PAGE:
the regions polar remote like the Antarctica act as sinks to Mercury, a metal that is toxic to the health of aquatic and terrestrial ecosystems and living beings that produces neurological, immunological and physiological changes.
Emissions come from volcanic activity and, furthermore, those that are released into the atmosphere in other parts of the planet naturally and through activities such as industry or the burning of fossil fuels.
Penguins are a direct indicator that this element is increasingly present on the continent.
Recently, a team of researchers in which the National Museum of Natural Sciences (MNCN-CSIC), in addition to the Arid Zones Experimental Station (EEZA-CSIC), the Carlos III Health Institute and the University of Murcia, found large amounts of mercury in feathers of three species of Antarctic penguins, sampled between 2005 and 2007.
The study, published in Journal of Environmental Research and Public Health, reveals that penguins are a direct indicator that this element is increasingly present on the continent.
Penguins, a model for studying mercury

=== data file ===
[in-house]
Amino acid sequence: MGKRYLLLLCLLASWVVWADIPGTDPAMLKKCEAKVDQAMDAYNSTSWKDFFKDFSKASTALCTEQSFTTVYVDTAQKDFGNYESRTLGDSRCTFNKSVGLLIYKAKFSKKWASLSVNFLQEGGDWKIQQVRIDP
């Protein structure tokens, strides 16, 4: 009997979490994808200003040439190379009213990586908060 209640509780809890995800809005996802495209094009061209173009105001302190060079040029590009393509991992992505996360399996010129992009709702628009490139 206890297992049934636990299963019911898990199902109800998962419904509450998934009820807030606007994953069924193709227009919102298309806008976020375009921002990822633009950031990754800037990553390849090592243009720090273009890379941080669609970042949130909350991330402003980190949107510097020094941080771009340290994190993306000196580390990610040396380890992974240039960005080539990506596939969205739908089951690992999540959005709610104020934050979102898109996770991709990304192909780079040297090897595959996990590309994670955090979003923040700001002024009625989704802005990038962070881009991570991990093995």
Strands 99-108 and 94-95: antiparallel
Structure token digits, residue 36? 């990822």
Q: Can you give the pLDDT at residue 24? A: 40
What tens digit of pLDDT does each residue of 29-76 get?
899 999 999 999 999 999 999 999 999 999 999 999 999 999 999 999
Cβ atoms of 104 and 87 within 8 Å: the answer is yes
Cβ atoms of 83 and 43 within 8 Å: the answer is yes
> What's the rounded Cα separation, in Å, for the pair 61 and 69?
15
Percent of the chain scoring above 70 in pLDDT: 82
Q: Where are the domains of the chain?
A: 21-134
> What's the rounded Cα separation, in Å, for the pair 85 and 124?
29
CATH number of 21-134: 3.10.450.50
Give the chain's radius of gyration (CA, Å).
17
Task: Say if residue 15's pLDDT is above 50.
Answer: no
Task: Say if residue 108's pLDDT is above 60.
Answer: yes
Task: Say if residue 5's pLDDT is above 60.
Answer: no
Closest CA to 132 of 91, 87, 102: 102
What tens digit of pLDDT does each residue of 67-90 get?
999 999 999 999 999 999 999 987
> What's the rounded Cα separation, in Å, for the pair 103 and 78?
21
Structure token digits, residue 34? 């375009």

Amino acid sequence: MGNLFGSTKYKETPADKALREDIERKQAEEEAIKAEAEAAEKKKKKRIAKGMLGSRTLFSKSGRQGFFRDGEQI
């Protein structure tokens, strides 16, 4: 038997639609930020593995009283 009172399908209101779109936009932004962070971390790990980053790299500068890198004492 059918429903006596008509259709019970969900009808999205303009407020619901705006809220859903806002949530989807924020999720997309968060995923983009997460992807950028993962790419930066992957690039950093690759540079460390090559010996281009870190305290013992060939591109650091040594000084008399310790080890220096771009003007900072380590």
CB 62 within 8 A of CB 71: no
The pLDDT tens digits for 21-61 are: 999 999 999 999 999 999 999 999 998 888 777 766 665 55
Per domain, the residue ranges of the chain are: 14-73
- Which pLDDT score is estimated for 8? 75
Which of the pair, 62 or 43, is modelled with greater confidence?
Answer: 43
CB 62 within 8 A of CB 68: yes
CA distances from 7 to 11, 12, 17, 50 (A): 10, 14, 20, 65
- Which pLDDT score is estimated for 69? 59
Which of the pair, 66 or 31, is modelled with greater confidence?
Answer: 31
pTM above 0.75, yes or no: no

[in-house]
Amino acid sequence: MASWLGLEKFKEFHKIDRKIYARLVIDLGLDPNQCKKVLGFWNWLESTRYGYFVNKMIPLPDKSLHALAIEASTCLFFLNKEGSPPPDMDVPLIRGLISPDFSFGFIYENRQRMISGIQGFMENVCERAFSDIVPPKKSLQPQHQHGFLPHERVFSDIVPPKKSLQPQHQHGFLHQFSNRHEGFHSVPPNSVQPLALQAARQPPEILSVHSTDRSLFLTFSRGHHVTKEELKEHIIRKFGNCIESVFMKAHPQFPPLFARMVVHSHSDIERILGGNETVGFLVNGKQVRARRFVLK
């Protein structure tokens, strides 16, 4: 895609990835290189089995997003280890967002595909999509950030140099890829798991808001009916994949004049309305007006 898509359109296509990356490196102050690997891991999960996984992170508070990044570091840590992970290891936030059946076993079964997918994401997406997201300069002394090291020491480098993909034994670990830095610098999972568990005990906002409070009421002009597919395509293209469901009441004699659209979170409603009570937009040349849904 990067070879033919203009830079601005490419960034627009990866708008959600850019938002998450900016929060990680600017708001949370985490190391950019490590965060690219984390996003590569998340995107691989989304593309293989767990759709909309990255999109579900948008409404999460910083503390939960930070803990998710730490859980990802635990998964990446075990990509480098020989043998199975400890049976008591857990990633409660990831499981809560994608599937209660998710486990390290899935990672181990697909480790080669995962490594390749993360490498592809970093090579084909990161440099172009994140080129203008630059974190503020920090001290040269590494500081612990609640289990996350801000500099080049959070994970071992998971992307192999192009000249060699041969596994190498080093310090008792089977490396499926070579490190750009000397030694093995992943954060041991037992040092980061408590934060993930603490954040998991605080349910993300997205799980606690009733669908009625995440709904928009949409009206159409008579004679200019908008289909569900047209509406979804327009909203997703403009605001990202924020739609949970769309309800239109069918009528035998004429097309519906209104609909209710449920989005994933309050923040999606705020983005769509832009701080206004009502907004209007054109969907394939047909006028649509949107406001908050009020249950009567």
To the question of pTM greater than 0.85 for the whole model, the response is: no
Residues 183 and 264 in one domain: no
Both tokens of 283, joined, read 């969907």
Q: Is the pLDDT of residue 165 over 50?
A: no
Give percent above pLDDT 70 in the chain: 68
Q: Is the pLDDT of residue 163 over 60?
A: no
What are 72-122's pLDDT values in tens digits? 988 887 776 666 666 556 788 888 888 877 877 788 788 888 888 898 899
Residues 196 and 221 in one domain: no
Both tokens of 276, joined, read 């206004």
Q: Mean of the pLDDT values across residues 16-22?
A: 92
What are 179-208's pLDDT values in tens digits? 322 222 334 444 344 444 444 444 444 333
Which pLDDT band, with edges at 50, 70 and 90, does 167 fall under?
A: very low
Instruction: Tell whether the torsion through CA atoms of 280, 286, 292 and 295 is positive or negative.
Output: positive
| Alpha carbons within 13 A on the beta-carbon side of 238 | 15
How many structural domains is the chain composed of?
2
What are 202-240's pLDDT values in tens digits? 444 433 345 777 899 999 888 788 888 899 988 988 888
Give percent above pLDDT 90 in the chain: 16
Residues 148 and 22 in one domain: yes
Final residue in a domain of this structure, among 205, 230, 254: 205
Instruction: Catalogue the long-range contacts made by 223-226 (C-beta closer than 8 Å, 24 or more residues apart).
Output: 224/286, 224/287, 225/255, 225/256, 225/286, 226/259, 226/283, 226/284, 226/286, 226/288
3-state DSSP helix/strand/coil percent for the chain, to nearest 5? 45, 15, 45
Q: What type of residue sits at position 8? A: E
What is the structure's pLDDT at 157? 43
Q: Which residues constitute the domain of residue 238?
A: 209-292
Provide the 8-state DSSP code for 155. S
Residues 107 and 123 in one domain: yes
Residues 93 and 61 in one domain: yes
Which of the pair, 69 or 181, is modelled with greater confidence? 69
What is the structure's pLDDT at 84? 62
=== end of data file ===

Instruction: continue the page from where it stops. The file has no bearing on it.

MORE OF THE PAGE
“In our work we analyzed the amount accumulated in the feathers of three species, the gentoo penguin, Papuan Pygoscelis, a chin strap, Pygoscelis antarcticus, and the one of adelia, Pygoscelis adeliae, in a wide geographic area along the Antarctic Peninsula; obtaining high concentrations of this metal, especially in the bearded penguin on King George Island. These levels coincide with the estimates obtained previously”, he comments. Andres Barbosa, MNCN Researcher.
“Because they are at the top of the food chain, birds like penguins are the perfect study model to measure the concentration of mercury present in Antarctica,” continues Barbosa.
Because they are at the top of the food chain, birds like penguins are the perfect study model to measure the concentration of mercury present in Antarctica
Just a month ago, the 30th anniversary of the signing of Madrid Protocol, a complementary agreement to the Antarctica Treaty, whose objective is to protect Antarctica against, among other threats, mining exploitation.
Today, despite more than 50 countries having adhered to the protocol, the health of one of the most primitive corners of the planet, fundamental in aspects such as the regulation of ocean currents, remains under threat.
“The conservation of this unique place in the world is being compromised by phenomena such as the climate change, or the growing tourism. Therefore, given the harmful effects of mercury on ecosystems, it is essential to continue analyzing its presence on the continent”, concludes Barbosa.
Motas, M., et al. (2021). “Mercury levels in penguin feathers from the Antarctic Peninsula: geographic and interspecific differences”. International Journal of Environmental Research and Public Health, 18 (18), 9918. DOI: https://doi.org/10.3390/ijerph18189918
Rights: Creative Commons.